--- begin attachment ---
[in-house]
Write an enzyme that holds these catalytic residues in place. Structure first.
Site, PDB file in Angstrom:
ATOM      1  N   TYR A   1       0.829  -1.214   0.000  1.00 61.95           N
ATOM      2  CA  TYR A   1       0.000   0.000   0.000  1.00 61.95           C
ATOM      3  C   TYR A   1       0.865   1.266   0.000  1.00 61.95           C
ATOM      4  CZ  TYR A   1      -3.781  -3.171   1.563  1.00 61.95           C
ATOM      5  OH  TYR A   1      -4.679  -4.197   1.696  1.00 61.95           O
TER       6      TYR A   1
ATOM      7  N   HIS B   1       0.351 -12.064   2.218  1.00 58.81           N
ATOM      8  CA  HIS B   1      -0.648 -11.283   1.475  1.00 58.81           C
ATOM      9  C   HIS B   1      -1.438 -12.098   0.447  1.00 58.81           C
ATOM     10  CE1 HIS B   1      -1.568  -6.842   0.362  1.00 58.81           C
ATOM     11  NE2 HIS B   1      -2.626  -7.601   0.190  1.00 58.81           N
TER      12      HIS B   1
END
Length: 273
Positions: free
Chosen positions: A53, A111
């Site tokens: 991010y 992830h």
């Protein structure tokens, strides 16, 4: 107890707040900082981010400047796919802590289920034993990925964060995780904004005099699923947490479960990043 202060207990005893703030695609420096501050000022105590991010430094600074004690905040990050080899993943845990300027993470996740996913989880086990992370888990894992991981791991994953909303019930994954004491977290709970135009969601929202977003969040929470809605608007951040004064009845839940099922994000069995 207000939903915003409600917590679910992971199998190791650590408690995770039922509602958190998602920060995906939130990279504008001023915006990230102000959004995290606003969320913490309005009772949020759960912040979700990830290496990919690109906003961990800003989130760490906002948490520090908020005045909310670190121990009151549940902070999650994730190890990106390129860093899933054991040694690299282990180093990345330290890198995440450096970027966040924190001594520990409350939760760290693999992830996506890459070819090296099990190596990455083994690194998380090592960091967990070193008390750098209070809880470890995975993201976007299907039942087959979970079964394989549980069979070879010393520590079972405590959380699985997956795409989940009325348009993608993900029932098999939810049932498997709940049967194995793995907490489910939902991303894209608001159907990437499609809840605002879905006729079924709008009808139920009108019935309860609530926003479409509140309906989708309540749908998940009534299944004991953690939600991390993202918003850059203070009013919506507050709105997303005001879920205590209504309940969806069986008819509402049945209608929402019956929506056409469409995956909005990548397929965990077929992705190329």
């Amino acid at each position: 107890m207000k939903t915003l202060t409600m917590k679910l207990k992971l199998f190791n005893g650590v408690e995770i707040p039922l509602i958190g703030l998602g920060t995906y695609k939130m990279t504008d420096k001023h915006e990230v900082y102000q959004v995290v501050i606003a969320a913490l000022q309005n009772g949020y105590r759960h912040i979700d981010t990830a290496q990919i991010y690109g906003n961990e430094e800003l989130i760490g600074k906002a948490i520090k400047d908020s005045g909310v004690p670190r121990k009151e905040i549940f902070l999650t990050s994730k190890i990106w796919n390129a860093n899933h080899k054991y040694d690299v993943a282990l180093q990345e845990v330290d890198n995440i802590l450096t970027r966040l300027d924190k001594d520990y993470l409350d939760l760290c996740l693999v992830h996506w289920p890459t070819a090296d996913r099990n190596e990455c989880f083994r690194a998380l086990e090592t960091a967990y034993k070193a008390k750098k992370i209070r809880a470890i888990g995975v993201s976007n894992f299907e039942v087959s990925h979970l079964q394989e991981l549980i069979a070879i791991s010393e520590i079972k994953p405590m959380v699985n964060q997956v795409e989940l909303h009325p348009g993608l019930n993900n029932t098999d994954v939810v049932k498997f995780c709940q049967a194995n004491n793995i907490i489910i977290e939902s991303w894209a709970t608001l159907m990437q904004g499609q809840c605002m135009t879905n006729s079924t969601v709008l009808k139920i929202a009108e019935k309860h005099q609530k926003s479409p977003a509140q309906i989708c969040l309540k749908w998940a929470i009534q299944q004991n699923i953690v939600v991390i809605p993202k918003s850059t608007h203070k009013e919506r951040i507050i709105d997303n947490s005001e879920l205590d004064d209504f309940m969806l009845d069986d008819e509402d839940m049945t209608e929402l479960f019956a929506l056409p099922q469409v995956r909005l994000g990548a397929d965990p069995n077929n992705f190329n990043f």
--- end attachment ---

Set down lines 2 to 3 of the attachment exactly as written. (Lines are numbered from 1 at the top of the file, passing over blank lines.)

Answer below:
Write an enzyme that holds these catalytic residues in place. Structure first.
Site, PDB file in Angstrom: